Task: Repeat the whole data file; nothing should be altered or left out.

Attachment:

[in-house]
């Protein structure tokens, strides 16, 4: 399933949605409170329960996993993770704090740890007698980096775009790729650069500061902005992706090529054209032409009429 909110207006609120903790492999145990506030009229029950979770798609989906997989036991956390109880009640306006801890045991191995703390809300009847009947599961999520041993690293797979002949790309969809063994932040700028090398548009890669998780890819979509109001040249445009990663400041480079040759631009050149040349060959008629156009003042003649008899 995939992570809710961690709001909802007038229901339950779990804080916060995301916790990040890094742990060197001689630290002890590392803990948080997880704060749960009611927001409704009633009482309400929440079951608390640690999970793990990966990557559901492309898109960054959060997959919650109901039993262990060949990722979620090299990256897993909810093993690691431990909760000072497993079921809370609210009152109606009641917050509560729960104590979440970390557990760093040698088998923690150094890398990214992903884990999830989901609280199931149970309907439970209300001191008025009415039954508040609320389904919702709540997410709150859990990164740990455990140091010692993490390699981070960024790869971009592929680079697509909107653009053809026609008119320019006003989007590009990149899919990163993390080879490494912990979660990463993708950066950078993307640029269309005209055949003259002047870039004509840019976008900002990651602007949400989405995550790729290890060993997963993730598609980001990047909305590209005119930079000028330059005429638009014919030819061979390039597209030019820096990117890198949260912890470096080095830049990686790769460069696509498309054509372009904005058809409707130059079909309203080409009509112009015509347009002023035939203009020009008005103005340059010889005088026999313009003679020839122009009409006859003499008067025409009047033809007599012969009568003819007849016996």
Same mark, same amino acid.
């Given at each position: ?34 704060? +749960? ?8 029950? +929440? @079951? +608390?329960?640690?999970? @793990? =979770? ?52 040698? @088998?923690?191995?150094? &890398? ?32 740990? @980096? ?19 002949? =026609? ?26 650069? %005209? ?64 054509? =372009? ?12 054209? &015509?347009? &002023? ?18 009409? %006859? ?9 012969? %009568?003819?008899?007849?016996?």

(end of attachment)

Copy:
[in-house]
């Protein structure tokens, strides 16, 4: 399933949605409170329960996993993770704090740890007698980096775009790729650069500061902005992706090529054209032409009429 909110207006609120903790492999145990506030009229029950979770798609989906997989036991956390109880009640306006801890045991191995703390809300009847009947599961999520041993690293797979002949790309969809063994932040700028090398548009890669998780890819979509109001040249445009990663400041480079040759631009050149040349060959008629156009003042003649008899 995939992570809710961690709001909802007038229901339950779990804080916060995301916790990040890094742990060197001689630290002890590392803990948080997880704060749960009611927001409704009633009482309400929440079951608390640690999970793990990966990557559901492309898109960054959060997959919650109901039993262990060949990722979620090299990256897993909810093993690691431990909760000072497993079921809370609210009152109606009641917050509560729960104590979440970390557990760093040698088998923690150094890398990214992903884990999830989901609280199931149970309907439970209300001191008025009415039954508040609320389904919702709540997410709150859990990164740990455990140091010692993490390699981070960024790869971009592929680079697509909107653009053809026609008119320019006003989007590009990149899919990163993390080879490494912990979660990463993708950066950078993307640029269309005209055949003259002047870039004509840019976008900002990651602007949400989405995550790729290890060993997963993730598609980001990047909305590209005119930079000028330059005429638009014919030819061979390039597209030019820096990117890198949260912890470096080095830049990686790769460069696509498309054509372009904005058809409707130059079909309203080409009509112009015509347009002023035939203009020009008005103005340059010889005088026999313009003679020839122009009409006859003499008067025409009047033809007599012969009568003819007849016996």
Same mark, same amino acid.
């Given at each position: ?34 704060? +749960? ?8 029950? +929440? @079951? +608390?329960?640690?999970? @793990? =979770? ?52 040698? @088998?923690?191995?150094? &890398? ?32 740990? @980096? ?19 002949? =026609? ?26 650069? %005209? ?64 054509? =372009? ?12 054209? &015509?347009? &002023? ?18 009409? %006859? ?9 012969? %009568?003819?008899?007849?016996?």